Pragmatic Functions of Silence in Ola Rotimi's Kurunmi and Wole Soyonka's A Dance of the Forests

Authors

  • 1Eben Adefolalu Adeseke Ekiti State University, Ado-Ekiti, Ekiti State, Nigeria
  • 2Samuel Adabayo Omotunde Ekiti State University, Ado-Ekiti, Ekiti State, Nigeria
  • 3Joshua Taiwo Ajenifari Kings University, Ode-Omu, Osun State, Nigeria

Keywords:

Pragmatic Functions,, Kurunmi,, A Dance of the Forest,, Silence,, Silence to indicate Power.

Abstract

The paper investigates the function of silence in conversation through two
selected play texts entitled Kurunmi by Ola Rotimi and A Dance of the Forests by
Wole Soyinka. The researchers believe that the functions of silence identified
in the texts are what obtains in real life interaction since play texts are close to
naturally occurring conversation. In analysing the data, the authors make use
of insight from the concept of context which means that it is the contexts in
which the silence occurs that are used in interpreting its functions in the
selected texts. The authors identified nine functions of silence in the play texts
among which five have not been documented in the literature. Among the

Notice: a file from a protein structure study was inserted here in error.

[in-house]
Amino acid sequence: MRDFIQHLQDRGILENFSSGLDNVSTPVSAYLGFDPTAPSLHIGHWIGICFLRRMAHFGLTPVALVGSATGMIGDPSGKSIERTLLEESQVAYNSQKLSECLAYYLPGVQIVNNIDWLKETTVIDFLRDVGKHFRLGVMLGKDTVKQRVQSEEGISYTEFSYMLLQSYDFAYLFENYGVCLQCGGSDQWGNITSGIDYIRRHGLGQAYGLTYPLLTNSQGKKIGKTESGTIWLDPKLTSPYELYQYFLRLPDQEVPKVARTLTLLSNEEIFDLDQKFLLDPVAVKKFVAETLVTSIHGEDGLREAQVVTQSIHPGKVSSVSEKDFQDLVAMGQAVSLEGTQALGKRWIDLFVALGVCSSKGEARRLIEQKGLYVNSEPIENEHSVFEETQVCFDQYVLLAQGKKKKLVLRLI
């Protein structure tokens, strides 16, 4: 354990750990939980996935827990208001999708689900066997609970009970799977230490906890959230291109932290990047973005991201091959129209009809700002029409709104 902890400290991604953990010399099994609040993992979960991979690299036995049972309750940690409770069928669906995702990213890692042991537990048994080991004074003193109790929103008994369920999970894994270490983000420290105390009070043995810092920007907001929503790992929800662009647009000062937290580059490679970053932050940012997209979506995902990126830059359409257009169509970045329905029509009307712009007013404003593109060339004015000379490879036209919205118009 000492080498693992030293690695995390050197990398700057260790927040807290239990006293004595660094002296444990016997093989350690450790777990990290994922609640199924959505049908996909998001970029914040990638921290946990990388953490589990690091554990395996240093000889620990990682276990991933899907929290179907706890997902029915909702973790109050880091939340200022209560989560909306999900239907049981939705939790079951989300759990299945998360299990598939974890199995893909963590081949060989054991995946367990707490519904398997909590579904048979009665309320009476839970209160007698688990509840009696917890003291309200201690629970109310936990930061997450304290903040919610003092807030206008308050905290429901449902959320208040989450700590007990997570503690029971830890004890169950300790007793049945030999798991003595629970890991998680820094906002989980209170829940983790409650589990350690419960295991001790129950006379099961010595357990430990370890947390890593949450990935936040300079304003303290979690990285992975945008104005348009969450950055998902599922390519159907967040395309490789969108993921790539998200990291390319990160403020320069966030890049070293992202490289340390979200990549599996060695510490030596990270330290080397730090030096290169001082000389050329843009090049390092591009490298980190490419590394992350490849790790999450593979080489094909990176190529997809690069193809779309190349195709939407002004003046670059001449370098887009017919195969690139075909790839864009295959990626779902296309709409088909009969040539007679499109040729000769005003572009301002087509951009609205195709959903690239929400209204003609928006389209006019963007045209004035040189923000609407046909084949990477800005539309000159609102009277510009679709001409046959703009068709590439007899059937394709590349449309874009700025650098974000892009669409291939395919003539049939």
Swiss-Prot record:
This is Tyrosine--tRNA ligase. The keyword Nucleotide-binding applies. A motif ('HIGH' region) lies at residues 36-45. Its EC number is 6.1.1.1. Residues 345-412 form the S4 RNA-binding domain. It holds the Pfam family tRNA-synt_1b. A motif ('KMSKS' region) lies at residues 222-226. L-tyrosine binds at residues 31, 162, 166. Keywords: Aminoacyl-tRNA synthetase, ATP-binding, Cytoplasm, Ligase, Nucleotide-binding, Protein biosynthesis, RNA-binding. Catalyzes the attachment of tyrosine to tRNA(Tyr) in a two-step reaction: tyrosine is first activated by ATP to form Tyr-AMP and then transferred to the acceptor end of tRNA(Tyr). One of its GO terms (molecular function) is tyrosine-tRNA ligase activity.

novel functions of silence discovered in the two play texts are: silence is used to
indicate the brief period of shock when one's interlocutor is trying to consider
the full implication of a piece of news; silence to indicate that somebody's
contribution to an ongoing discourse is totally strange or unexpected; silence to
indicate that one does not want to commit oneself to a specific response in a
communicative encounter where polar questions are asked; silence to indicate
that the response to the current speaker's question is not likely to be a
favourable one among others.

Additional Files

Published

2022-04-13

How to Cite

1Eben Adefolalu Adeseke, 2Samuel Adabayo Omotunde, & 3Joshua Taiwo Ajenifari. (2022). Pragmatic Functions of Silence in Ola Rotimi’s Kurunmi and Wole Soyonka’s A Dance of the Forests. BRICS JOURNAL OF EDUCATIONAL RESEARCH, 12(1), 23-28. Retrieved from https://www.bricsjer.com/index.php/brics/article/view/333